The Google Power Meter API has been officially deprecated as of May 26, 2011 to reflect that it’s no longer undergoing active development and experimentation, which is the hallmark of APIs in the Code Labs program. However, we have no current plans to remove functionality for existing users.
Google stopped updating their Power meter blog last year (Aug 31, 2010). For the power geeks, you can read our long history with Google’s power metering efforts / competition here. We think it’s an excellent case study for someone out there and a cautionary tale of what happens when Google gets in your market.
Here’s what we predicted July of last year…
At this point, and just our opinion, we’re not really sure PowerMeter is a serious effort at Google and if it will continue, the manager (Ed Lu) recently left, the forums are pretty low volume on the Google site and if you review the Tweet-a-Watt time line it’s not that encouraging for folks wanting to use Google PowerMeter. The folks from Google have posted here before and we’re hoping they re-consider how they’re deploying PowerMeters and what the goal of the project really is…
We got our Tweet-a-watt to work with the Google Power meter API for kicks despite Google ignoring the requests for access from the open source / open hardware community, Google chose only to work with commercial partners and not the thousands of Tweet-a-watt makers out there. It was mostly a war of the press releases as Google didn’t really do much in this space, only making sure other companies in the power metering arena stayed scared of Google, it worked. Google does a lot of cool things, but sometimes they get “grabby” in markets, freak people out, buy a bunch of stuff/people and then just kill off stuff it seems. Happens to lots of companies, Google is working on self-driving cars now.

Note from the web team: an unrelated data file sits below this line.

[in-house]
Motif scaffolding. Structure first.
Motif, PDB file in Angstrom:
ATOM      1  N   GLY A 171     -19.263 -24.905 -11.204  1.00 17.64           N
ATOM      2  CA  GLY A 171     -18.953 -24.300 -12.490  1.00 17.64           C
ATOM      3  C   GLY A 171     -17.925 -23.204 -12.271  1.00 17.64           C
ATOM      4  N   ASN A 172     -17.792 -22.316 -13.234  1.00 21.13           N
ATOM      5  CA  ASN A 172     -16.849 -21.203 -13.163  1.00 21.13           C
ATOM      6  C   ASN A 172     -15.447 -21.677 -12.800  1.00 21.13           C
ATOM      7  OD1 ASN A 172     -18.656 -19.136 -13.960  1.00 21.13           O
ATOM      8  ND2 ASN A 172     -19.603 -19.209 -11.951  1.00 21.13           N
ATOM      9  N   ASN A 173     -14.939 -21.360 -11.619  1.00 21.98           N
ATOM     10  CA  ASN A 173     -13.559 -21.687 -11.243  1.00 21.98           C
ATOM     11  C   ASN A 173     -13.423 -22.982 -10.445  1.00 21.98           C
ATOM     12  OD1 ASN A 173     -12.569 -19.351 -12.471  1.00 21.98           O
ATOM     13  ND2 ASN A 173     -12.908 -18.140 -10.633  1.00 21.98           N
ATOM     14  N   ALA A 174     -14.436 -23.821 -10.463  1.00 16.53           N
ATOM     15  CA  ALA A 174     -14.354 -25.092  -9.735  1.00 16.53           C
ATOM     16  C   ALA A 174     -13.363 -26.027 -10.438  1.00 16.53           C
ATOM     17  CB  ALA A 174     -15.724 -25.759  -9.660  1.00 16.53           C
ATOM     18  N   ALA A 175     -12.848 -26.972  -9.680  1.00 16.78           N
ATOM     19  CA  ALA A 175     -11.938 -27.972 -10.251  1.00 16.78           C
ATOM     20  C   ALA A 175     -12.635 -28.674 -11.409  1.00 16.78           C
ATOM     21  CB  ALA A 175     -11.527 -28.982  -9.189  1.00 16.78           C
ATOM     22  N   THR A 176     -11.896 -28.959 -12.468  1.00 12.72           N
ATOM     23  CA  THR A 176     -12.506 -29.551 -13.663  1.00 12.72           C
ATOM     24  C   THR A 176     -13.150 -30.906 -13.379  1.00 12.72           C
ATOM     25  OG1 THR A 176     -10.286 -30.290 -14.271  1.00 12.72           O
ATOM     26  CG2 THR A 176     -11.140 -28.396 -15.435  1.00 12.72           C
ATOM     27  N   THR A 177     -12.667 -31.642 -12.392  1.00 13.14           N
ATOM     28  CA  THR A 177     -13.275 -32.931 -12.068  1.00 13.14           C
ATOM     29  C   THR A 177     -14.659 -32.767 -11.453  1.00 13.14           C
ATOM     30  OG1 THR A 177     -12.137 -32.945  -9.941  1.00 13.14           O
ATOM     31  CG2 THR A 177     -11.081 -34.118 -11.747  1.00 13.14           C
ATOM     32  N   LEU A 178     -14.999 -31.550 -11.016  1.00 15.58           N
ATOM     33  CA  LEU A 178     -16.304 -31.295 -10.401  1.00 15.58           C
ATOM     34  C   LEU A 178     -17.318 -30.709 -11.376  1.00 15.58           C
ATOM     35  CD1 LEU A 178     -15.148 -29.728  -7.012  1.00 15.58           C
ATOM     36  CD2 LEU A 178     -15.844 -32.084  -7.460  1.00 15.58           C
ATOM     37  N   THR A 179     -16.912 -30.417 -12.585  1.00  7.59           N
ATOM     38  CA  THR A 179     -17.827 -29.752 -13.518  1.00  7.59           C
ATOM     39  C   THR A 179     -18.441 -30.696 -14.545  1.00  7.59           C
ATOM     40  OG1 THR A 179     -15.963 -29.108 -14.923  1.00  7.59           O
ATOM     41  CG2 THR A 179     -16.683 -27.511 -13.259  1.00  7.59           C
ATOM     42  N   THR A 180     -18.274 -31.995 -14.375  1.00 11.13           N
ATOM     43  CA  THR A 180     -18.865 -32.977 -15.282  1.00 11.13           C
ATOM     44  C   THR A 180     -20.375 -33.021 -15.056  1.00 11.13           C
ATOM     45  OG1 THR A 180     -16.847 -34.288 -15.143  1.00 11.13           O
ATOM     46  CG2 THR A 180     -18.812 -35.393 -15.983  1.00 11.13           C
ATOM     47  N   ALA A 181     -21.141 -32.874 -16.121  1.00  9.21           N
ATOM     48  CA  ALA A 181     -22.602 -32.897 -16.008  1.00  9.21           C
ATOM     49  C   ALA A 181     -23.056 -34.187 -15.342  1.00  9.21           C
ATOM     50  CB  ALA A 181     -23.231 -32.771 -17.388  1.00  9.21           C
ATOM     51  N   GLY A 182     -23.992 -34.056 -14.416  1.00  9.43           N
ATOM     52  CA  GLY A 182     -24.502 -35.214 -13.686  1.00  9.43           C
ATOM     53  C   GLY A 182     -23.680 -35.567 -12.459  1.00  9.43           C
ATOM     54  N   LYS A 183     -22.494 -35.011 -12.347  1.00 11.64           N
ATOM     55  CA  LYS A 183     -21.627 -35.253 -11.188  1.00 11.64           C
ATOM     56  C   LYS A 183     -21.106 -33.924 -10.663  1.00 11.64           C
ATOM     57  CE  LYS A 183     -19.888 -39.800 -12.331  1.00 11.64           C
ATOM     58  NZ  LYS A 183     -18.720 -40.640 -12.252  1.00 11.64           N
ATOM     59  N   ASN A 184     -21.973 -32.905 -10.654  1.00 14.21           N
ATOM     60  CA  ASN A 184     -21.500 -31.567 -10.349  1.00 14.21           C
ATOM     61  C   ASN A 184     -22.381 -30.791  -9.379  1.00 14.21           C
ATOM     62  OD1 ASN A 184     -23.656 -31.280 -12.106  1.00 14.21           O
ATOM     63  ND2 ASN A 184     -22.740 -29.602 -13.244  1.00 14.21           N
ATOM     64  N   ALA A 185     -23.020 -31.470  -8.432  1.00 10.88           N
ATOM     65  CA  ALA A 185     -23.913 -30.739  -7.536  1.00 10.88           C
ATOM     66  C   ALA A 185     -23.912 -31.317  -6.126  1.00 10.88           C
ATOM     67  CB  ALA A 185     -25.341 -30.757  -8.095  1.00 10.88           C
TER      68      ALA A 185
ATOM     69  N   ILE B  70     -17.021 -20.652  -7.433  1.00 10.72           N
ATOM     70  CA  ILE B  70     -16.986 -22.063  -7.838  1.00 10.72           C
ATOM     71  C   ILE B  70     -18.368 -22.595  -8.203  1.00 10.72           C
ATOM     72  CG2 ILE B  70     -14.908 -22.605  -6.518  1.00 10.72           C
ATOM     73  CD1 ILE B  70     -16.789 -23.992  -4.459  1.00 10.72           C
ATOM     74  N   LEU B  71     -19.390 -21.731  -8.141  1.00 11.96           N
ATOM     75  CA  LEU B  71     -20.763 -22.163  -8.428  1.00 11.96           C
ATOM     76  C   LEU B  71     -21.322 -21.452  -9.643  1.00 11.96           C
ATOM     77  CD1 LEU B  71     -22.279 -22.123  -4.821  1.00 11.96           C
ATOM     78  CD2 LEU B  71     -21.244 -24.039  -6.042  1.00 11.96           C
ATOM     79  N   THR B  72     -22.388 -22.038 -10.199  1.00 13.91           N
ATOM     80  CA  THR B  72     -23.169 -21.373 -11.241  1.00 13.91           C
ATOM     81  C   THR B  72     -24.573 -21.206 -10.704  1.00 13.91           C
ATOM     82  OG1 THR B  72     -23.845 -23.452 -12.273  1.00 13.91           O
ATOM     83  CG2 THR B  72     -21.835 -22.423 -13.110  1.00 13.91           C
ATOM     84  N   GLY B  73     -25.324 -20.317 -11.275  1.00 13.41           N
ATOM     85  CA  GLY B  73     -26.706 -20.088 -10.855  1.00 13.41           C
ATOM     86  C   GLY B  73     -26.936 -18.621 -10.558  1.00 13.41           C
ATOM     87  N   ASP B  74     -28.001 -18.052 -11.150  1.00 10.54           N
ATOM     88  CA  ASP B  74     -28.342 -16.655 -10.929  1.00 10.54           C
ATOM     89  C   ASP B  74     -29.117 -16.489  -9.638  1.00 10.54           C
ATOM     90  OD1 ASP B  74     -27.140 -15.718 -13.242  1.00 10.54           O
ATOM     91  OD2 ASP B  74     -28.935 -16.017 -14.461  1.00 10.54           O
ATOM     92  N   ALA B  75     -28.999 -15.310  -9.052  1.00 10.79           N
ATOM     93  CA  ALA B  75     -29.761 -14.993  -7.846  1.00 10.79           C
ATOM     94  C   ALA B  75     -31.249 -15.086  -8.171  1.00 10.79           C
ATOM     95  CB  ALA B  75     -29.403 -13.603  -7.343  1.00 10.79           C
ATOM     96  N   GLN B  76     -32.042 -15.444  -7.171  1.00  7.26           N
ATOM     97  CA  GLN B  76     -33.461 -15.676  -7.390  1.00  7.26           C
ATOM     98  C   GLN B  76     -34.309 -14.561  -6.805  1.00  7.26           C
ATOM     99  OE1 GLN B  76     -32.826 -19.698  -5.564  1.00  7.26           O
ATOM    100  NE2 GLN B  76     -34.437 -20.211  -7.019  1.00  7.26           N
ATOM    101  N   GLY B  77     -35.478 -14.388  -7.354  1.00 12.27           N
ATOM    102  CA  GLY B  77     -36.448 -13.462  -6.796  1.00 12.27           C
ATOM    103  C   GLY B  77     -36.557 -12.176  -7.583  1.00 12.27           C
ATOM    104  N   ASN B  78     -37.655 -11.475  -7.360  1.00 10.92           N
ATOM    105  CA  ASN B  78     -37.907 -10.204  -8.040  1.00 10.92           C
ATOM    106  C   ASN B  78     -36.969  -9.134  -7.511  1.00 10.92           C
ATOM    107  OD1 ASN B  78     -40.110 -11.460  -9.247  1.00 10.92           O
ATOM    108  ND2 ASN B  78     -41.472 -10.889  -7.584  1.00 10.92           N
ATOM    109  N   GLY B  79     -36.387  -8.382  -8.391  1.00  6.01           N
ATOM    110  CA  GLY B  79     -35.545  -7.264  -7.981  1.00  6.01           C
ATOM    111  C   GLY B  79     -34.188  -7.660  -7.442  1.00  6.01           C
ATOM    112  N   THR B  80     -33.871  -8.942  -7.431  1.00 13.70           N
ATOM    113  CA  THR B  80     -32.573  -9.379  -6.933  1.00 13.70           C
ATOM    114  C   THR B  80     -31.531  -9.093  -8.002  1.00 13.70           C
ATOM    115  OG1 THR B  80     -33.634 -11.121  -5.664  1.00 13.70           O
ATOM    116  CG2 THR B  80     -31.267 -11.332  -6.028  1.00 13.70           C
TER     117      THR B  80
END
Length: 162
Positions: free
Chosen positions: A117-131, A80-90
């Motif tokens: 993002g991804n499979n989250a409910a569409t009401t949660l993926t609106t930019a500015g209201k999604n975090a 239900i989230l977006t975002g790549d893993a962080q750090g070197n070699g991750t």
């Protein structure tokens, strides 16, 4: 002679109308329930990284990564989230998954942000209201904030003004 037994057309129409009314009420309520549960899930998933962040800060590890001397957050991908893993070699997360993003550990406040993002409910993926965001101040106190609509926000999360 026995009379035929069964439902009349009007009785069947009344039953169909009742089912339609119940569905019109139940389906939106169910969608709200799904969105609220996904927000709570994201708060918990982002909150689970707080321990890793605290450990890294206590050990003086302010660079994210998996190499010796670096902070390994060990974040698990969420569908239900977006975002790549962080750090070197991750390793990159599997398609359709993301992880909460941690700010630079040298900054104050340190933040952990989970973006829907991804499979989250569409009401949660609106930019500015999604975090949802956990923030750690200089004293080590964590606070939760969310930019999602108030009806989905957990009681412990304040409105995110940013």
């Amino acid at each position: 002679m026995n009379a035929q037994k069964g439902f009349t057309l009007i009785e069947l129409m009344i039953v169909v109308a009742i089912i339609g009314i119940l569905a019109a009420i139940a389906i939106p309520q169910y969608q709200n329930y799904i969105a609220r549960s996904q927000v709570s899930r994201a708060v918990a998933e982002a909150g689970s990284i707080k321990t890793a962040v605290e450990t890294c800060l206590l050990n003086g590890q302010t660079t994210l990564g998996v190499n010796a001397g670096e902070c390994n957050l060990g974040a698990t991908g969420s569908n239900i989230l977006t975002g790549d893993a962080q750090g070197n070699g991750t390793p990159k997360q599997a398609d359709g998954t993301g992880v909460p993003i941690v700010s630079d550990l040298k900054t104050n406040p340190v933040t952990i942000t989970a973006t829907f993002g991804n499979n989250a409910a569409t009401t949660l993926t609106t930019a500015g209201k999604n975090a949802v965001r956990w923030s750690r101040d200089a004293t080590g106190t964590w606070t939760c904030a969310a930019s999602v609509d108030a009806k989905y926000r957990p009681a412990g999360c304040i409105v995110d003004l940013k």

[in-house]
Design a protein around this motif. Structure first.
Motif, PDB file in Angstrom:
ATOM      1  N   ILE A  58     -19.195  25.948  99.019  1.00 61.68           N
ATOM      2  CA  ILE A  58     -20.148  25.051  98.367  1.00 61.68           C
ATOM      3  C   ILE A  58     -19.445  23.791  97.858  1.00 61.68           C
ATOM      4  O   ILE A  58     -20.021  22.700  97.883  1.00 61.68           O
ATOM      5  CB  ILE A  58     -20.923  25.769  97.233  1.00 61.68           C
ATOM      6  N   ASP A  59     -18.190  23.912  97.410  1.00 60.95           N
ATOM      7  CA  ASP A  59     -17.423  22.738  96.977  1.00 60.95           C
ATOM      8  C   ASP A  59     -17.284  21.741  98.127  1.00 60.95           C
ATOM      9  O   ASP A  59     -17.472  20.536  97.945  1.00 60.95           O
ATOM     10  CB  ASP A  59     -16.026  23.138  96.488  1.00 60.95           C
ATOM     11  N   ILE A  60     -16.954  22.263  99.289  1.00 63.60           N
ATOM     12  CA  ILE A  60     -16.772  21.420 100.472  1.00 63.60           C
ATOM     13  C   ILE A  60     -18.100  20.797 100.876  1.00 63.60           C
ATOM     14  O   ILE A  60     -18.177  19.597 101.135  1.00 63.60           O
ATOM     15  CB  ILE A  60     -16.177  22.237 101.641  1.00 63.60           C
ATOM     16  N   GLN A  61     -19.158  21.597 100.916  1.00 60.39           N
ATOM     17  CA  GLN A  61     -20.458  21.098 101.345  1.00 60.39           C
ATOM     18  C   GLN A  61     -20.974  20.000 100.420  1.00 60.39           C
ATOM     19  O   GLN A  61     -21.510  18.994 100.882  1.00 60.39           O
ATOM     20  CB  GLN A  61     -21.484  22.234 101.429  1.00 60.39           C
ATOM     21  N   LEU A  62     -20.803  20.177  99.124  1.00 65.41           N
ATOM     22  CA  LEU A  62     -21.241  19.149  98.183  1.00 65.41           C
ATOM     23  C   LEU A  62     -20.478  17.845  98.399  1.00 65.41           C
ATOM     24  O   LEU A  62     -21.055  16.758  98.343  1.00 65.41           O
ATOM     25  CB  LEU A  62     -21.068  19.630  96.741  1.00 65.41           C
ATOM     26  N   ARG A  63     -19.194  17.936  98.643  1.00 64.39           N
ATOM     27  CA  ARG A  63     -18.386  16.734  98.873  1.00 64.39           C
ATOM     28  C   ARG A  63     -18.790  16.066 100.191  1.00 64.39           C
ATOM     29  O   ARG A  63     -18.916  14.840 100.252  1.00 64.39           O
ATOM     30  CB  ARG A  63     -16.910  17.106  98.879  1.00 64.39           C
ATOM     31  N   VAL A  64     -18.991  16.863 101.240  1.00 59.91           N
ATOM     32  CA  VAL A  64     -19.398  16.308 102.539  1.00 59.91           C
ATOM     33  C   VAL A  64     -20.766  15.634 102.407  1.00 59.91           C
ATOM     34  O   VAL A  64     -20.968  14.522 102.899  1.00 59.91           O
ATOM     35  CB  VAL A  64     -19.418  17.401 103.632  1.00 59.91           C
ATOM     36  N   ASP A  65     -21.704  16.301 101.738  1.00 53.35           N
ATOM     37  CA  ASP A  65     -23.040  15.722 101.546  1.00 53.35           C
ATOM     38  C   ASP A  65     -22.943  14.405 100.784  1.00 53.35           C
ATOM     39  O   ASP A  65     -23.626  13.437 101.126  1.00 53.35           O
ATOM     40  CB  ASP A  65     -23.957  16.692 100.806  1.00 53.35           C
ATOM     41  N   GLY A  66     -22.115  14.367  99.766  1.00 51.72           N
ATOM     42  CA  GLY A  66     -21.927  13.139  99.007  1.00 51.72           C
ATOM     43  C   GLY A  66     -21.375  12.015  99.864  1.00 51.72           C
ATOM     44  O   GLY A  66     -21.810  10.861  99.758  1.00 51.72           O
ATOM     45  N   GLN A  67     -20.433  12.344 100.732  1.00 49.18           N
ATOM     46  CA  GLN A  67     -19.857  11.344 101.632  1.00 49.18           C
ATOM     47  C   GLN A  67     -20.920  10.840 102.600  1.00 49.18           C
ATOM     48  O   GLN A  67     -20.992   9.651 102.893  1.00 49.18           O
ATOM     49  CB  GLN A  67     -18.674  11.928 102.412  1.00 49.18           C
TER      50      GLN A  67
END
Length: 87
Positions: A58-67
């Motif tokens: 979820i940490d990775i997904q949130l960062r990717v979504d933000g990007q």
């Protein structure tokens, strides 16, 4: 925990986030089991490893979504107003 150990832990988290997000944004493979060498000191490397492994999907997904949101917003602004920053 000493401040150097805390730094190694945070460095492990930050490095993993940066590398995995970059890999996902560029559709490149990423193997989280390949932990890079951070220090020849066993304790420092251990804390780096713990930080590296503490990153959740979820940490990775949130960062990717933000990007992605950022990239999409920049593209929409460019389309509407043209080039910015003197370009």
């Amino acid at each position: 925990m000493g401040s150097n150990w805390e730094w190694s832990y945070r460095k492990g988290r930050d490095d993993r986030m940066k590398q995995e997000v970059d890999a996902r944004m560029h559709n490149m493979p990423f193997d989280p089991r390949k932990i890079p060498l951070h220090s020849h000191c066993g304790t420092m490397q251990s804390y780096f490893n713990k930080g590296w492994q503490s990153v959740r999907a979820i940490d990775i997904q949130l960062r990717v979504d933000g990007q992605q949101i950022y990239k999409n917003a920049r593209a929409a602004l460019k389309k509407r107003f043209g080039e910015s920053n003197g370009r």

All that said, we’re excited by the recent developments with Anrdroid + Arduino, mostly because it’s all OSHW and it will continue no matter who or what happens. If you want to build open source power meters, we’ve got you covered, always
Tweet-a-Watt is a DIY wireless power monitoring system. The project uses an ‘off the shelf’ power monitor called the Kill-a-Watt and adds wireless reporting. Each plug transmits the power usage at that outlet to a central computer receiver. The receiver can then log, graph and report the data. This pack contains nearly everything* necessary to build a single outlet monitor and receiver. To monitor additional outlets, you will need an add-on transmitter pack. One outlet can monitor up to 1500 Watts.
The starter pack contains:
- 2 XBee modules (one for receiver, one for transmitter)
- 2 XBee adapter kits (ditto)
- 1 USB FTDI cable (for updating, configuring and receiving data from XBee)
- 1 bag of parts including 10,000uF capacitor, 220uF capacitor, 2 1% 10K resistors, 2 1% 4.7K resistors, 5mm green LED, 6″ rainbow ribbon cable, and 2 pieces of 1/8″ and 1/16″ heatshrink
Have an amazing project to share? Join the SHOW-AND-TELL every Wednesday night at 7:30pm ET on Google+ Hangouts.
Join us every Wednesday night at 8pm ET for Ask an Engineer!
Learn resistor values with Mho’s Resistance or get the best electronics calculator for engineers “Circuit Playground” – Adafruit’s Apps!
Maker Business — The Essential Guide to Electronics in Shenzhen
Wearables — Lithium Batteries: a soft touch goes a long way
Electronics — Capacitor Polarity Markers
Biohacking — Can Gizmos Cure Insomnia? – The New Yorker
Sorry, the comment form is closed at this time.